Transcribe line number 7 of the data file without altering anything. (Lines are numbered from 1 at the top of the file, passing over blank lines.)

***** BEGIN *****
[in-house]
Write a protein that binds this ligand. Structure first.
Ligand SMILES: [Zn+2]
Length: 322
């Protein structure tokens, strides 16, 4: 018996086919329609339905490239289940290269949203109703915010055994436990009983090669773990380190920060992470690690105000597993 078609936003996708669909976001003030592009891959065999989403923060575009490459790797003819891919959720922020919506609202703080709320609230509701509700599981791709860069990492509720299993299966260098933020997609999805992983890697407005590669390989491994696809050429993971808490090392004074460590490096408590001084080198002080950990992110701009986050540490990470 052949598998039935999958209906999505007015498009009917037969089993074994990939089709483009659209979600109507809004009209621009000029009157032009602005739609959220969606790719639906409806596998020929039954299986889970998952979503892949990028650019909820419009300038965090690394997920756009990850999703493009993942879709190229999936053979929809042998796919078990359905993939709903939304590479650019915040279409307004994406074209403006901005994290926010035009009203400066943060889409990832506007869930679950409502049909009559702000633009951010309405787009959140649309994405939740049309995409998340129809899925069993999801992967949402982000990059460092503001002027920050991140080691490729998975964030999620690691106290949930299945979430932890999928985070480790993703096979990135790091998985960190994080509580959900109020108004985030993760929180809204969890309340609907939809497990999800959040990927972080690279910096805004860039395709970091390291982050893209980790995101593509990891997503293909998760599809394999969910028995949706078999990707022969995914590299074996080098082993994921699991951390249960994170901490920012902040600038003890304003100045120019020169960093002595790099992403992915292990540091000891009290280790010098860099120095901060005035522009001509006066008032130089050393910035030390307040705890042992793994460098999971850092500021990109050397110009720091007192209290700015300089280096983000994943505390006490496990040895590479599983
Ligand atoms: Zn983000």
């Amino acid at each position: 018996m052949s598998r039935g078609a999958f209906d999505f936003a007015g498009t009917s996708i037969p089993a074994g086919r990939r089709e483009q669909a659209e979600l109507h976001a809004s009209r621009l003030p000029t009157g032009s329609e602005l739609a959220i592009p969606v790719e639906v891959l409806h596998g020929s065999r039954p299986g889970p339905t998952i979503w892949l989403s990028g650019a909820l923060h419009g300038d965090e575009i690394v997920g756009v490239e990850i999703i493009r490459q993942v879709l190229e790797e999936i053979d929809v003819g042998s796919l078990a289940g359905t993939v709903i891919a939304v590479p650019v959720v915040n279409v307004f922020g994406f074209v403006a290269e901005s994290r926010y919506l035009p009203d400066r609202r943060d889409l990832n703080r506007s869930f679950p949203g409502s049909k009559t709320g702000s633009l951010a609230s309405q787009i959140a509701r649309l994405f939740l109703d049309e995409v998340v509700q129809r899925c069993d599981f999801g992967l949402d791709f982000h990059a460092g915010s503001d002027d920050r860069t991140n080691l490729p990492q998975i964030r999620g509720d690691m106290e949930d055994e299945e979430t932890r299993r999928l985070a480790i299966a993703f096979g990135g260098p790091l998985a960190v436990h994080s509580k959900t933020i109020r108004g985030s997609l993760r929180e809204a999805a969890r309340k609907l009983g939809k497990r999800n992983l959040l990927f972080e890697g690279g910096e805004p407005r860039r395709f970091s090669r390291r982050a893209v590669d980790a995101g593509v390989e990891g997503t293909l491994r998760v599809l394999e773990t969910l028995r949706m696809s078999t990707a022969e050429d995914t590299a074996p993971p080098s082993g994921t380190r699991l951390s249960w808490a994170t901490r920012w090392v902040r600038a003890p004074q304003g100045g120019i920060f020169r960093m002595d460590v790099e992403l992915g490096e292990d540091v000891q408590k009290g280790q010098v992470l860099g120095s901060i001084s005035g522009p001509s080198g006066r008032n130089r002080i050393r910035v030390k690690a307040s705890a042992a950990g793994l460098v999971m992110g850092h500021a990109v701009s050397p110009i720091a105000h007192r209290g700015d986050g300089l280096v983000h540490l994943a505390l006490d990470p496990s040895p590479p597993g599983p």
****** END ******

């Amino acid at each position: 018996m052949s598998r039935g078609a999958f209906d999505f936003a007015g498009t009917s996708i037969p089993a074994g086919r990939r089709e483009q669909a659209e979600l109507h976001a809004s009209r621009l003030p000029t009157g032009s329609e602005l739609a959220i592009p969606v790719e639906v891959l409806h596998g020929s065999r039954p299986g889970p339905t998952i979503w892949l989403s990028g650019a909820l923060h419009g300038d965090e575009i690394v997920g756009v490239e990850i999703i493009r490459q993942v879709l190229e790797e999936i053979d929809v003819g042998s796919l078990a289940g359905t993939v709903i891919a939304v590479p650019v959720v915040n279409v307004f922020g994406f074209v403006a290269e901005s994290r926010y919506l035009p009203d400066r609202r943060d889409l990832n703080r506007s869930f679950p949203g409502s049909k009559t709320g702000s633009l951010a609230s309405q787009i959140a509701r649309l994405f939740l109703d049309e995409v998340v509700q129809r899925c069993d599981f999801g992967l949402d791709f982000h990059a460092g915010s503001d002027d920050r860069t991140n080691l490729p990492q998975i964030r999620g509720d690691m106290e949930d055994e299945e979430t932890r299993r999928l985070a480790i299966a993703f096979g990135g260098p790091l998985a960190v436990h994080s509580k959900t933020i109020r108004g985030s997609l993760r929180e809204a999805a969890r309340k609907l009983g939809k497990r999800n992983l959040l990927f972080e890697g690279g910096e805004p407005r860039r395709f970091s090669r390291r982050a893209v590669d980790a995101g593509v390989e990891g997503t293909l491994r998760v599809l394999e773990t969910l028995r949706m696809s078999t990707a022969e050429d995914t590299a074996p993971p080098s082993g994921t380190r699991l951390s249960w808490a994170t901490r920012w090392v902040r600038a003890p004074q304003g100045g120019i920060f020169r960093m002595d460590v790099e992403l992915g490096e292990d540091v000891q408590k009290g280790q010098v992470l860099g120095s901060i001084s005035g522009p001509s080198g006066r008032n130089r002080i050393r910035v030390k690690a307040s705890a042992a950990g793994l460098v999971m992110g850092h500021a990109v701009s050397p110009i720091a105000h007192r209290g700015d986050g300089l280096v983000h540490l994943a505390l006490d990470p496990s040895p590479p597993g599983p």